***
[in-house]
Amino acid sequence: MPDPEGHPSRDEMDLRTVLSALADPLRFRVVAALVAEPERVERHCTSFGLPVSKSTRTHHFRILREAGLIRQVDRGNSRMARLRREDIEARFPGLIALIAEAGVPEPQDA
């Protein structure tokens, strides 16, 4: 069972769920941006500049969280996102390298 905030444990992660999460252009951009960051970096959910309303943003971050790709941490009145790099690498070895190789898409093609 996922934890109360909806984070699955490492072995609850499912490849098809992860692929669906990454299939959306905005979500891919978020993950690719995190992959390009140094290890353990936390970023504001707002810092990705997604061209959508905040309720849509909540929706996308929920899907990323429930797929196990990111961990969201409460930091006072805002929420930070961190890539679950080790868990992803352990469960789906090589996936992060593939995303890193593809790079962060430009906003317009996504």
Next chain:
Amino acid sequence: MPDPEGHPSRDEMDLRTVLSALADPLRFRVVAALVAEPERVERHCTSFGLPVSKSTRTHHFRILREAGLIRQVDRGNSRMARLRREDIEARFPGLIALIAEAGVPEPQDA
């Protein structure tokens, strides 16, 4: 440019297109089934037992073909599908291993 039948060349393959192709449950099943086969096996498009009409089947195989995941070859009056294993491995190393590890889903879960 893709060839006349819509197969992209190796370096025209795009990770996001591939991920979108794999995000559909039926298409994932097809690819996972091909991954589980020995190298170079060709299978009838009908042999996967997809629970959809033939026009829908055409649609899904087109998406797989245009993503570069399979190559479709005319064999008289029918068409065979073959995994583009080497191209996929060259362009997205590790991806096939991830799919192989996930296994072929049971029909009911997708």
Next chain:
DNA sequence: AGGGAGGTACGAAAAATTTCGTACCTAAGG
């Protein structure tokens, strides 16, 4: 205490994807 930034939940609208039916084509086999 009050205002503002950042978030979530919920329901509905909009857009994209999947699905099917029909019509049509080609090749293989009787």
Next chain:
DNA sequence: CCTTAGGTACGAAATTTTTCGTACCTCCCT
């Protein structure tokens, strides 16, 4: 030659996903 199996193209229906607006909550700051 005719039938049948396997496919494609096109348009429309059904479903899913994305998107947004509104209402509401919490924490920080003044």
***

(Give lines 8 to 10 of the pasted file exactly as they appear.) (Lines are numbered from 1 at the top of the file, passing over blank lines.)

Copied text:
DNA sequence: AGGGAGGTACGAAAAATTTCGTACCTAAGG
């Protein structure tokens, strides 16, 4: 205490994807 930034939940609208039916084509086999 009050205002503002950042978030979530919920329901509905909009857009994209999947699905099917029909019509049509080609090749293989009787």
Next chain: